GOP’s State of the Town: Focus on curbing spending, taxes, health-care costs
Editor’s note: Following is the response by Republican majority on the Representative Town Meeting to this week’s State of the Town address deliver by First Selectman Michael Tetreau, a Democrat:
We would like thank Mr. Tetreau for sharing his perspective on the state of the town and congratulate him on his re-election to a second term of office as our first selectman, as do we congratulate Republicans Chris Tymniak and Laurie McArdle on their election to the Board of Selectmen.
In his address, Mr. Tetreau highlighted a number of notable achievements over the past year in which we can all take pride. We Republicans accept his campaign promise of a not to exceed budget increase of 1.5 percent for the upcoming fiscal year, albeit perhaps with some degree of guarded optimism. Nevertheless, there are areas which we feel could use some additional focus.
To begin with, negotiations of the labor agreements into which the town enters have failed to bring about parity with the post-retirement and medical benefits offered by private sector employers. For the past six years the town has been playing catch up in this regard, and with inadequate success. This has left the town exposed to one of the most onerous elements of Obama care. Most often referred to as the “Cadillac Tax,” it is the penalty imposed by the affordable care act upon premium employer health-care plans. It's simply not fair that taxpayers anywhere should be left on the hook for this penalty.
We have known about, and talked about this exposure since the affordable care act was signed into law. However, to date it has not been effectively addressed. Simply stated contract negotiations have not been as effective as they need to be in this area.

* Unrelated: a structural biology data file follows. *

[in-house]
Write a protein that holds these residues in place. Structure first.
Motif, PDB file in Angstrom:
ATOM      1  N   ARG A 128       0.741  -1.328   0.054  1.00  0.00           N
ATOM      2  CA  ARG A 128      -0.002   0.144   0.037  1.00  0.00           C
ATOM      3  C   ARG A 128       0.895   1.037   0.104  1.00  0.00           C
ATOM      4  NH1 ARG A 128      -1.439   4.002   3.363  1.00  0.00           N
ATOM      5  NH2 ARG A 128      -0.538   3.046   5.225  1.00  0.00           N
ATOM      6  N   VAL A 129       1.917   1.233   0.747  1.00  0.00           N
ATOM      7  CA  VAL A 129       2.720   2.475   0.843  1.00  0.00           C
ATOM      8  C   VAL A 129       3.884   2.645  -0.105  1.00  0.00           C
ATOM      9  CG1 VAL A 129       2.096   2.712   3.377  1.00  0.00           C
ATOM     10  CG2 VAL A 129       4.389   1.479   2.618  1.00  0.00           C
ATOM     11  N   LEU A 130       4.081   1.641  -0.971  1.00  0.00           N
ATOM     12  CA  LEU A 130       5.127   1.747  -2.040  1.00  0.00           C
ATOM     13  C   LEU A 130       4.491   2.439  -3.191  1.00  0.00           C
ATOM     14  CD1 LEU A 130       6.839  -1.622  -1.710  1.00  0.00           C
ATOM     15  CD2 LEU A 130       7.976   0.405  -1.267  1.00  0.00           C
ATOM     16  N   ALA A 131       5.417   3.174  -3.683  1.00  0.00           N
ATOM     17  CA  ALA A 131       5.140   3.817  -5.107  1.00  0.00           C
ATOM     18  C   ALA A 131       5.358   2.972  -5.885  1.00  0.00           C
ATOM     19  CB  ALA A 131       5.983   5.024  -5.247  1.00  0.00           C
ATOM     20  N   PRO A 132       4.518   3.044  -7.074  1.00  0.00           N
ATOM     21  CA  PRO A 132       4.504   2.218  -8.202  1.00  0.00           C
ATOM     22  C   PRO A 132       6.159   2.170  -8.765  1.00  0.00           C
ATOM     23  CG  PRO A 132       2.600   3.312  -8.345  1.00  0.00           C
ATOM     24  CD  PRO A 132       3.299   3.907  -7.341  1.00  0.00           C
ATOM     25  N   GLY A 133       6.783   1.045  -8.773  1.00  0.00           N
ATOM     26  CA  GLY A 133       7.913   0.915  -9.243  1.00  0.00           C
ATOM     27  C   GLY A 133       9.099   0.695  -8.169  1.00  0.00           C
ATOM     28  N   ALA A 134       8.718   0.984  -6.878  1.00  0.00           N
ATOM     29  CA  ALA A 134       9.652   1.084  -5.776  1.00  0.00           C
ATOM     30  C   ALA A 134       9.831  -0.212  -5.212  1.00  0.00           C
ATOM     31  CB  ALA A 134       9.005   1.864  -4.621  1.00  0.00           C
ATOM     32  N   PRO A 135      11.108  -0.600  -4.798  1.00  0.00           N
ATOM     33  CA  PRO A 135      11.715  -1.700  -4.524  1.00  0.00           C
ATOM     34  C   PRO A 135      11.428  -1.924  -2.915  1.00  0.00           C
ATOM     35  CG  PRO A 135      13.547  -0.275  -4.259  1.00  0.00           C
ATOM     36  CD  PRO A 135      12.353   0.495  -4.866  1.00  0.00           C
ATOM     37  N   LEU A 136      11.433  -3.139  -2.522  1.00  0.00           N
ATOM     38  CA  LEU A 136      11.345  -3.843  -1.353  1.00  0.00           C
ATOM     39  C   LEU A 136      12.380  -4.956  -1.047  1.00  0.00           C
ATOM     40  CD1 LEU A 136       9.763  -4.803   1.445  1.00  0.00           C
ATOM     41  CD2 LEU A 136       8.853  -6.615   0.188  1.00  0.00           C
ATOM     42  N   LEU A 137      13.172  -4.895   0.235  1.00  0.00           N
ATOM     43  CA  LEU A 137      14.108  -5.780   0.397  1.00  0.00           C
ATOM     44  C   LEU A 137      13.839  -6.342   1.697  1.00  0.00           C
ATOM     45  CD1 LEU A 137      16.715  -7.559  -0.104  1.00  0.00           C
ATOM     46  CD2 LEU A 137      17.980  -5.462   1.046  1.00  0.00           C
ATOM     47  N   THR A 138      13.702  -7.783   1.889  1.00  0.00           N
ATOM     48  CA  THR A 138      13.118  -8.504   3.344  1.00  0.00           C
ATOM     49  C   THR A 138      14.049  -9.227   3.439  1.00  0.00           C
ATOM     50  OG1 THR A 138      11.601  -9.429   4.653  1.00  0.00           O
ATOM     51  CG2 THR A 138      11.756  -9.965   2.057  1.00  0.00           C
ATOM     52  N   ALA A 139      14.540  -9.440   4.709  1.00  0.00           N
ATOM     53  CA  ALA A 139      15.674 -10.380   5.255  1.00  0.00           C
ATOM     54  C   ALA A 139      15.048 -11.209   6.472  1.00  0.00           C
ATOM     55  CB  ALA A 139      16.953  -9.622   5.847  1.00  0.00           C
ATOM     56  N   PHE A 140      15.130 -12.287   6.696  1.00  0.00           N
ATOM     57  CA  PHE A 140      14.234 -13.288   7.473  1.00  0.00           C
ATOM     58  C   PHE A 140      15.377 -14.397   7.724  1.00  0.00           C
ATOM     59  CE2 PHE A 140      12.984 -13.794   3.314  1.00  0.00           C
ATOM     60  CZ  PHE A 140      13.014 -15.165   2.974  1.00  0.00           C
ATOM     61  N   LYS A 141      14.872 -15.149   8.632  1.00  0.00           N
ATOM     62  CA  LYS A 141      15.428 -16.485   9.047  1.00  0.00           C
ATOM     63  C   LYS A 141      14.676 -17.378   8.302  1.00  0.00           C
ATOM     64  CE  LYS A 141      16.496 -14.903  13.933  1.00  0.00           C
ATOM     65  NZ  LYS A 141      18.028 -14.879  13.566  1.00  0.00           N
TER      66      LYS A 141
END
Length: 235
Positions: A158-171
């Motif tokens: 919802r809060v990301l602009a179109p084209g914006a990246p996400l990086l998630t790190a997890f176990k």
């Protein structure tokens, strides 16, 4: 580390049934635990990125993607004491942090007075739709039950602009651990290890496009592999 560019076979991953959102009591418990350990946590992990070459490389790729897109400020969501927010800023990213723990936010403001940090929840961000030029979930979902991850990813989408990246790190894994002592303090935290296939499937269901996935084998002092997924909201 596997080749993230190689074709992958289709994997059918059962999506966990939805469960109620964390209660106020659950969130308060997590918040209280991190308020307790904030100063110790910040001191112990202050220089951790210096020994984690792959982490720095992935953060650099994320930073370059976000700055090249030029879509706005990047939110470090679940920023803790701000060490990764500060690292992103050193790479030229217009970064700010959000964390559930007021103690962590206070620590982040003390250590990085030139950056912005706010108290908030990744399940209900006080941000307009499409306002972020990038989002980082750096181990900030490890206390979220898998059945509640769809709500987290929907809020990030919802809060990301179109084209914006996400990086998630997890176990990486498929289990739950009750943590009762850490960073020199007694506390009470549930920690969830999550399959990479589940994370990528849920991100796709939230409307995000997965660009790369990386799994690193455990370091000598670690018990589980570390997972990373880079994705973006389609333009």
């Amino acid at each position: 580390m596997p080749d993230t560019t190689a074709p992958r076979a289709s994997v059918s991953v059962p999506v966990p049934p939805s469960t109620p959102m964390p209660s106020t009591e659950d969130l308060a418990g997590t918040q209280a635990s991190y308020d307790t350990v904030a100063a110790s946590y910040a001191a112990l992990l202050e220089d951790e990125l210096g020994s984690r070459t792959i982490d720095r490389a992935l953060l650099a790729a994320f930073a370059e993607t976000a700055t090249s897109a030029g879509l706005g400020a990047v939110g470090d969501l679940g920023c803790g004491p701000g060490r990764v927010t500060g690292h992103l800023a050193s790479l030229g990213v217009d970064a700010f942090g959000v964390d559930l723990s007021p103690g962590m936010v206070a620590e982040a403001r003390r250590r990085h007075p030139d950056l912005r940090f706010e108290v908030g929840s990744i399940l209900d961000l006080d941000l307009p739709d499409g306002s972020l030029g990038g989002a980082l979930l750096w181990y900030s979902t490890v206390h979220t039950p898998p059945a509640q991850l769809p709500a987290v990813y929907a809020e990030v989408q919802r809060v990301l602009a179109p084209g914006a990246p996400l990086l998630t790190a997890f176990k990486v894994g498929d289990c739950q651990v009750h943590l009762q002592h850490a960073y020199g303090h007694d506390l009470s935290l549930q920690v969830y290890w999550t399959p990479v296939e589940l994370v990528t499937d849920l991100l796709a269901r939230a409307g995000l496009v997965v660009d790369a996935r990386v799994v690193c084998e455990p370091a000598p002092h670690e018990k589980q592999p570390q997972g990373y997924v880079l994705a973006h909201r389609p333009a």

We are fortunate only to the extent that U.S. Congress has voted to delay the imposition of the Cadillac Tax to the year 2020. Municipalities have, in effect, been given a second chance to avoid this penalty, and we need to take advantage of this second chance here in Fairfield. The next round of contract negotiations must manage to a number which does not trigger a tax penalty from which neither the town of Fairfield, nor town employees, derive any direct benefit.
We support our public education as a foundation for our future and one of the most attractive features of our community for anyone considering where in Connecticut they might wish to live. We have championed investment in school safety upgrades and building infrastructure improvements and will continue to do so as the town plans for the much-needed expansion and renovation of schools, such as Holland Hill.
We support the Board of Education’s initiative in adopting a long-term district improvement plan, which includes investment in technology and which brings about the most direct benefit to the classroom, the teachers and the principals who support those teachers. We look forward to Fairfield’s continued leadership among cities and towns in Connecticut as a community with a well-earned reputation superior schools and academic excellence.
A government that works for the people
The town of Fairfield needs to undertake a top-to-bottom analysis in how it approaches government. We must invest in the appropriate technologies to serve our taxpayers in the most efficient and cost-effective manner possible so that we can direct our tax dollars to the most important town services. Our town, must also adopt a customer-centric model, with a focus on delivering the best town services to our taxpayers with a smile. This may well mean that some paradigms of town government will need to shift or even be eliminated, but this change is crucial if we are to create a truly 21st Century government for Fairfield.
On the matter of tax relief
In spite of our renewed focus in recent years to restructure tax relief for seniors and disabled homeowners, for many, tax increases over the long term have eclipsed tax relief. Perception in this case is reality and many seniors believe that the town expects them to give more and to have less, and the fact that fewer seniors and disabled homeowners took advantage of tax relief last year is not an encouraging sign.
We need to demonstrate our commitment to our seniors, and show them that we want them here in Fairfield, because we do. Republicans would support initiatives which would offer seniors alternative ways (e.g., service hours) by which could satisfy their tax obligation.
We welcome the newly elected members of the RTM to this esteemed body. We eagerly await the first selectman’s budget proposal for 2016-17, and we wish you all a happy and healthy new year.